By Mark Cox
Featured Art: Sand Dunes, Harlech, North Wales by George Elbert Burr
Despite the curvatures adapted each to the other,
The slackening skin that in sleep feels lost without that other’s;
Despite the slatted fencing that marks their yard from others’,
And the offspring at play within, their testament to others;
Despite all the others they have embraced and refused;
Despite all otherness between them
They’ve acknowledged and recused;
They can no longer in mystery come to each other,
With the quickening and total surrender to another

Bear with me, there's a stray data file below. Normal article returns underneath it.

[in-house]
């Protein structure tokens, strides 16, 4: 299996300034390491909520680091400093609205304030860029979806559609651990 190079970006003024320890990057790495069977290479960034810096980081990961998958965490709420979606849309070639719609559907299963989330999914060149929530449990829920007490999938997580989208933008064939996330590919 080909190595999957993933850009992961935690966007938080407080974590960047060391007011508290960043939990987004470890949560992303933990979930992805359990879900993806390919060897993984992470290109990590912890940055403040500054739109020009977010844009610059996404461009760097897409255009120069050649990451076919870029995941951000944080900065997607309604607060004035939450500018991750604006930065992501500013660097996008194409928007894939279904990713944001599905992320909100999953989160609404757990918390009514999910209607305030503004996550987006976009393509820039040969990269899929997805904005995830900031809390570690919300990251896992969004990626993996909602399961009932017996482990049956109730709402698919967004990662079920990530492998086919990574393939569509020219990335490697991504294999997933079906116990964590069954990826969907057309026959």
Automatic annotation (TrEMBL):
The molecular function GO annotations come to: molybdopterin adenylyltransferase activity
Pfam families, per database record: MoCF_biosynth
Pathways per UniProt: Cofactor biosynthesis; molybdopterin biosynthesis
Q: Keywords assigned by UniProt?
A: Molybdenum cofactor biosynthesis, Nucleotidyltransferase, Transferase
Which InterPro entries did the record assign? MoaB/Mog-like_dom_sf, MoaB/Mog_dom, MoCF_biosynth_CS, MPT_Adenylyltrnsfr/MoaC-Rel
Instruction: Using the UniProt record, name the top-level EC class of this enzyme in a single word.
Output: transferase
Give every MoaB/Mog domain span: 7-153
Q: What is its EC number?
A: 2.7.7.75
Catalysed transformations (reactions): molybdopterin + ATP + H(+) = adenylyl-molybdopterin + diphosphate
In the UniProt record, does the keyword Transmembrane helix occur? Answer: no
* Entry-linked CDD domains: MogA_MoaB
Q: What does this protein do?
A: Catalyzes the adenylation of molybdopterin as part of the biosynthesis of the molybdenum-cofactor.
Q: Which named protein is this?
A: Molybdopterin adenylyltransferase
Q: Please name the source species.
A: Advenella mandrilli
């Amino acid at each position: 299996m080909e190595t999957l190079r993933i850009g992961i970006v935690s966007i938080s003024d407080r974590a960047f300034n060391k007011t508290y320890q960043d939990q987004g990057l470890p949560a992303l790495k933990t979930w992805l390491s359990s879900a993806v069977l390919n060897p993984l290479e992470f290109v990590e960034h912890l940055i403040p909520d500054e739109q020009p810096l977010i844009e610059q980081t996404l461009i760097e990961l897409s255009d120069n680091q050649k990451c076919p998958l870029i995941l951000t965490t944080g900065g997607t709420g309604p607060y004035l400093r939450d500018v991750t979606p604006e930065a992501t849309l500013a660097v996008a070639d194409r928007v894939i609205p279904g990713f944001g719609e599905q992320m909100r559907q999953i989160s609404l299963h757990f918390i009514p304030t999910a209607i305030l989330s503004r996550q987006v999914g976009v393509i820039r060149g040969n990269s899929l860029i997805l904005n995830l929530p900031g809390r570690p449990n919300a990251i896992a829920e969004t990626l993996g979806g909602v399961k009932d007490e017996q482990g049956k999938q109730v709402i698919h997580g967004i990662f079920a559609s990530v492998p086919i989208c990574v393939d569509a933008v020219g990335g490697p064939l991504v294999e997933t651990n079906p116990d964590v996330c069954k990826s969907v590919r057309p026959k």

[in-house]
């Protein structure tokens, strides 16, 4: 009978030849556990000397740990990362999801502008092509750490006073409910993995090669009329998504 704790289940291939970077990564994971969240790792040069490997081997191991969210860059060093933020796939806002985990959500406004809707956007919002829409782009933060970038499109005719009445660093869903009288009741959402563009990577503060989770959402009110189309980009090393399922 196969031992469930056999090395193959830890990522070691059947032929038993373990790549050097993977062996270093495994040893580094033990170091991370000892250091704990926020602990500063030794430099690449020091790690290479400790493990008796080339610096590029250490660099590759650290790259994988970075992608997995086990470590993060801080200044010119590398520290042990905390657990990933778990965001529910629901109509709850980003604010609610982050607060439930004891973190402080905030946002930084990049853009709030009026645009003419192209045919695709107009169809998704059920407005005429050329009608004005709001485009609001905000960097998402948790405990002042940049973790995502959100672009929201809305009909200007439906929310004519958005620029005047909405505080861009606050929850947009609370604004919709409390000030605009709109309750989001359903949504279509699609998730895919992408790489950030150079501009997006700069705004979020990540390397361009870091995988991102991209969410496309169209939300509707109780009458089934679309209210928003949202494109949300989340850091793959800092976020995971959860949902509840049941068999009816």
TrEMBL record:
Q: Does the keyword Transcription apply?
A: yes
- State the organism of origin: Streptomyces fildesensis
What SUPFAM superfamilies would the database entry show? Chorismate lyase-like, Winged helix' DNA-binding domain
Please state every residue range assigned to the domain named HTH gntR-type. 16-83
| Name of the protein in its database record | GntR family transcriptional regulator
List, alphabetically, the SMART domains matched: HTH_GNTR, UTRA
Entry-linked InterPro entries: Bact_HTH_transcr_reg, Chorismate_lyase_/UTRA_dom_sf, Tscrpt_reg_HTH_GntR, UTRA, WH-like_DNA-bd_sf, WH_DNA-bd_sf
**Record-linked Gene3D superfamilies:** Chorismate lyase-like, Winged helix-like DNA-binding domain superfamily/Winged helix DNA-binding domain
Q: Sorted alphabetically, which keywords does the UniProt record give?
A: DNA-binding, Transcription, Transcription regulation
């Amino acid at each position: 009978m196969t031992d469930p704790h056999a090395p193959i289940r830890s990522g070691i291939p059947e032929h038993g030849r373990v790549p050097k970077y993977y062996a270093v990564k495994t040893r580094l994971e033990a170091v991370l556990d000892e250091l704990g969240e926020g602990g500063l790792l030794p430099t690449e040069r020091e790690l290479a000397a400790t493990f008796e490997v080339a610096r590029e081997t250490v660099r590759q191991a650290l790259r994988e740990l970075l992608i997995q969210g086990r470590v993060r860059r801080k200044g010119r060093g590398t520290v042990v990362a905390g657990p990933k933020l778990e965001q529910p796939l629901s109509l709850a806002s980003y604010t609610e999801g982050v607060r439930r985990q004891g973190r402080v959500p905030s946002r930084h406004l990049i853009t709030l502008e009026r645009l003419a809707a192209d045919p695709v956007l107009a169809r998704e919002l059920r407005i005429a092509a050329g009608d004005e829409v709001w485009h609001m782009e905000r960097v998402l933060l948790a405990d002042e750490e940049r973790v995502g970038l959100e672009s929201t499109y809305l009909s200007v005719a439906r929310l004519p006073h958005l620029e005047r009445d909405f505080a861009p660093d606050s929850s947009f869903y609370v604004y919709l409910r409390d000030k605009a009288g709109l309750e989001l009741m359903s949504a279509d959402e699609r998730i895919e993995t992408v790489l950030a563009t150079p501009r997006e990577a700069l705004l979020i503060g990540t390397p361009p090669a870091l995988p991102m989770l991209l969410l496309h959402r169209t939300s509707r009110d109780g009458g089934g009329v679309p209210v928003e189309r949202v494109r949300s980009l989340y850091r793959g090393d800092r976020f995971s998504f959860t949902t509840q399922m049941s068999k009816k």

That both empties each and fills the other.
And so they go on, because each goes on, despite the other:
To each their own wind-ironed waters,
To each their own bruised sky and horizon,
Their own shames, their own redemptions,
Awakening to each night’s newly shifted sloping,
Each day by unremitting day’s abiding,
Without need for another day or lover,
They endure side by side, in their time, no other.
Mark Cox teaches in the Department of Creative Writing at UNC Wilmington and in the Vermont College MFA Program. Recent work has appeared in Brevity, 32 Poems and The Colorado Review. He has authored six volumes of poetry, most recently Readiness: Prose Poems (2018) and Sorrow Bread: Poems 1984-2015.